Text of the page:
This ECG is a two-for-one teaching opportunity. This elderly woman presents with a tachycardia at about 120/min. We do not have any other information about her complaints or past medical history.
Her ECG shows a wide-complex tachycardia. The QRS complexes are about 124 ms (.12 sec.) wide. On the most basic level, we should teach our students to consider ALL wide-complex tachycardias to be ventricular tachycardia until proven otherwise. This ECG has many clues that it is NOT ventricular tachycardia. Tiny P waves can be seen in V1, V2, and V3. But, these are not the only P waves. The atrial rate in this case is twice the ventricular rate, making the rhythm ATRIAL FLUTTER with 2:1 conduction. The flutter rate is about 240/minute, slightly on the slow side for AFL. Atrial flutter with 2:1 conduction is often missed, as every other P wave is hidden. Look at aVR and Lead II in this case for signs of the regular flutter waves. It is important to look in all 12 leads for signs of flutter waves in any tachycardia over 120/min. Occasionally, you will get lucky, and the patient will conduct at a different ratio, such as 3:1 or 4:1, making the flutter waves much more visable. Sometimes, the atrial flutter becomes apparent during carotid sinus massage or a Valsalva maneuver.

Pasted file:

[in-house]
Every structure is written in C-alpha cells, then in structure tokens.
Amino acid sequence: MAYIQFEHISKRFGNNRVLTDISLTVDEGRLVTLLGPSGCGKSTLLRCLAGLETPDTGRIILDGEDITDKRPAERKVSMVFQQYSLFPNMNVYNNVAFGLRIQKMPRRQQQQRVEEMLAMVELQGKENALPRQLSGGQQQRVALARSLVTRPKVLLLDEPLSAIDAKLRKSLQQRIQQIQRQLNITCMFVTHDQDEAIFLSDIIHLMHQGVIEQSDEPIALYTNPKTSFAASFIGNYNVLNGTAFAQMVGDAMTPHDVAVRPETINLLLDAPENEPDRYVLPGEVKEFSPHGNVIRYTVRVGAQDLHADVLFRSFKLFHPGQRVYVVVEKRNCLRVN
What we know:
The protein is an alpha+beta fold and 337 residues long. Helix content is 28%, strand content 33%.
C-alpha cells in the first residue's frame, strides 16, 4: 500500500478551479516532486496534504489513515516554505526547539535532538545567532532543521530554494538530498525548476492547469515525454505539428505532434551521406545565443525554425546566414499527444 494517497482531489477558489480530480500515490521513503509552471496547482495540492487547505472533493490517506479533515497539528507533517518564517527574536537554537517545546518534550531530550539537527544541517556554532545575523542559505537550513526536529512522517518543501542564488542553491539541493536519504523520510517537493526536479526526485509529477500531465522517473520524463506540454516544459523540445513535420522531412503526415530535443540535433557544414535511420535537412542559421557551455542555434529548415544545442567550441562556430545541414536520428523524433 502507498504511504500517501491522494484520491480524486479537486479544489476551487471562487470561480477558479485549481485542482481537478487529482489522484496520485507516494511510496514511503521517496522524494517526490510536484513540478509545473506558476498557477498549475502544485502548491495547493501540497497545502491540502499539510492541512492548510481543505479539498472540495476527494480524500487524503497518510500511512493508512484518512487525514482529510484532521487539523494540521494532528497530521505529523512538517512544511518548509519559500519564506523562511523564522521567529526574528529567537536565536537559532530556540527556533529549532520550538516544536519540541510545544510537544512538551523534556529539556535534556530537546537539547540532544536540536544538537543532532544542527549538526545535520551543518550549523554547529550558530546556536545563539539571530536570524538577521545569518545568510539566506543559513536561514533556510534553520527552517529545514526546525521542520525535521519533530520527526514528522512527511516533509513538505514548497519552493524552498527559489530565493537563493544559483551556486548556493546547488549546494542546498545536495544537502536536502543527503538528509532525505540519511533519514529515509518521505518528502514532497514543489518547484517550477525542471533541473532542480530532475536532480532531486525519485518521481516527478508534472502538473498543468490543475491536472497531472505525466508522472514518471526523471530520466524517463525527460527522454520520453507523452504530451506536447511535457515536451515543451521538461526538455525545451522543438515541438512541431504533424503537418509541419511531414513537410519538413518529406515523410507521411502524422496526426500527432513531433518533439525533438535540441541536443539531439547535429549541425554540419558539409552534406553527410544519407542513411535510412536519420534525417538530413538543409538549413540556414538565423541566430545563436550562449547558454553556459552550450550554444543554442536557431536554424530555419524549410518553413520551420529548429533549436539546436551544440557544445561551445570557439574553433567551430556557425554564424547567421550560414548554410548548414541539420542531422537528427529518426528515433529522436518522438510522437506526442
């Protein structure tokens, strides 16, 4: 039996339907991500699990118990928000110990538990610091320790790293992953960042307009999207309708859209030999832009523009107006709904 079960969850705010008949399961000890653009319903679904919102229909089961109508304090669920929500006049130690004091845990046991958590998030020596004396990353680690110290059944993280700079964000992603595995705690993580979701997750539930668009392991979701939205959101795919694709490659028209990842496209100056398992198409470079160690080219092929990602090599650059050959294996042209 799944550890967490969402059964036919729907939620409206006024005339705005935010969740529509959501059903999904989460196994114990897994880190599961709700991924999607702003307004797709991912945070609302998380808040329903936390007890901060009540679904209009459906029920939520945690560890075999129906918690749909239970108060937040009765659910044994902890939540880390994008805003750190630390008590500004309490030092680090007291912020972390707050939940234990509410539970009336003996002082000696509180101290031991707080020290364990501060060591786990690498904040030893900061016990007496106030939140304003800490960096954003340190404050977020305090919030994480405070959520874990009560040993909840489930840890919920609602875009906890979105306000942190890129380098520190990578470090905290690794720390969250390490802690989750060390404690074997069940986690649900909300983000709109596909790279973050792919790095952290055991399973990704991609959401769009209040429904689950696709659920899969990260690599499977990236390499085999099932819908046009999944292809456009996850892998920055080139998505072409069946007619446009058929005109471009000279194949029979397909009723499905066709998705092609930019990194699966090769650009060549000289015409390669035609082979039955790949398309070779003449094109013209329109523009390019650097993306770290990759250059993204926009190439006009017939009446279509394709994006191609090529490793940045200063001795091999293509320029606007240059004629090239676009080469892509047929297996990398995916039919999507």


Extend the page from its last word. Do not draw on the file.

The QRS width, in this case, is due to left bundle branch block. The criteria for LBBB are: Wide QRS, Supraventricular Rhythm (in this case, atrial flutter), and a negative QRS in V1 with a positive QRS deflection in Leads I and V6. The ST changes seen here are typical of LBBB: ST depression in leads with upright QRS complexes and ST elevation in leads with downward QRS complexes.